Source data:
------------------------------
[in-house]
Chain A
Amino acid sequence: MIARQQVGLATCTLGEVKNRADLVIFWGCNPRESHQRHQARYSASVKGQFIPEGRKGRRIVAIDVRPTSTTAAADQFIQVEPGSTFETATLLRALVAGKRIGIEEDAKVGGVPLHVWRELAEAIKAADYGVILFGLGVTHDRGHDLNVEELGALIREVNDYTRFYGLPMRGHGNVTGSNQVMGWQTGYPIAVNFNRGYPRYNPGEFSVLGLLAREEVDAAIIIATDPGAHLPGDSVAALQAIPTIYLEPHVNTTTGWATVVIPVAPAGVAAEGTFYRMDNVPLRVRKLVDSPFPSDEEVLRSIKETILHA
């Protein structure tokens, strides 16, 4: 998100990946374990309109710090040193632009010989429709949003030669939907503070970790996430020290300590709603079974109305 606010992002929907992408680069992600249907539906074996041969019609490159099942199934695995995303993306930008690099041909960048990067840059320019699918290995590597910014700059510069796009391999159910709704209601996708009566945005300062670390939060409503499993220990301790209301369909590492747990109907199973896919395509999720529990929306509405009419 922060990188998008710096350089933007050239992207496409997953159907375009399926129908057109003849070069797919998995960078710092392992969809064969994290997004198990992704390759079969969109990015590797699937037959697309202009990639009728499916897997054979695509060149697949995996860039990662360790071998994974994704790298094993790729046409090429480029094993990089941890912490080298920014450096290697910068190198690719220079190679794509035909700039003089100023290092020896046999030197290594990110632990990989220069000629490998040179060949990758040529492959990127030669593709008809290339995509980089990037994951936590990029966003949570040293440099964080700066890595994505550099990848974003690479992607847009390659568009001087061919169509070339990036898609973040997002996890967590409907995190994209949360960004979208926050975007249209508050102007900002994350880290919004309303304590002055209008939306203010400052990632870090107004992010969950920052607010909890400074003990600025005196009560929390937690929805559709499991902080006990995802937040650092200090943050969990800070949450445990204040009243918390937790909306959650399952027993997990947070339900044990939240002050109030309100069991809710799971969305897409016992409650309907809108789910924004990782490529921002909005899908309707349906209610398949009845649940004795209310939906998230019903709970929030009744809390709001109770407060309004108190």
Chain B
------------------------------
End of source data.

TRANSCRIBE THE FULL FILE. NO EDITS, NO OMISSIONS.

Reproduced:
[in-house]
Chain A
Amino acid sequence: MIARQQVGLATCTLGEVKNRADLVIFWGCNPRESHQRHQARYSASVKGQFIPEGRKGRRIVAIDVRPTSTTAAADQFIQVEPGSTFETATLLRALVAGKRIGIEEDAKVGGVPLHVWRELAEAIKAADYGVILFGLGVTHDRGHDLNVEELGALIREVNDYTRFYGLPMRGHGNVTGSNQVMGWQTGYPIAVNFNRGYPRYNPGEFSVLGLLAREEVDAAIIIATDPGAHLPGDSVAALQAIPTIYLEPHVNTTTGWATVVIPVAPAGVAAEGTFYRMDNVPLRVRKLVDSPFPSDEEVLRSIKETILHA
């Protein structure tokens, strides 16, 4: 998100990946374990309109710090040193632009010989429709949003030669939907503070970790996430020290300590709603079974109305 606010992002929907992408680069992600249907539906074996041969019609490159099942199934695995995303993306930008690099041909960048990067840059320019699918290995590597910014700059510069796009391999159910709704209601996708009566945005300062670390939060409503499993220990301790209301369909590492747990109907199973896919395509999720529990929306509405009419 922060990188998008710096350089933007050239992207496409997953159907375009399926129908057109003849070069797919998995960078710092392992969809064969994290997004198990992704390759079969969109990015590797699937037959697309202009990639009728499916897997054979695509060149697949995996860039990662360790071998994974994704790298094993790729046409090429480029094993990089941890912490080298920014450096290697910068190198690719220079190679794509035909700039003089100023290092020896046999030197290594990110632990990989220069000629490998040179060949990758040529492959990127030669593709008809290339995509980089990037994951936590990029966003949570040293440099964080700066890595994505550099990848974003690479992607847009390659568009001087061919169509070339990036898609973040997002996890967590409907995190994209949360960004979208926050975007249209508050102007900002994350880290919004309303304590002055209008939306203010400052990632870090107004992010969950920052607010909890400074003990600025005196009560929390937690929805559709499991902080006990995802937040650092200090943050969990800070949450445990204040009243918390937790909306959650399952027993997990947070339900044990939240002050109030309100069991809710799971969305897409016992409650309907809108789910924004990782490529921002909005899908309707349906209610398949009845649940004795209310939906998230019903709970929030009744809390709001109770407060309004108190």
Chain B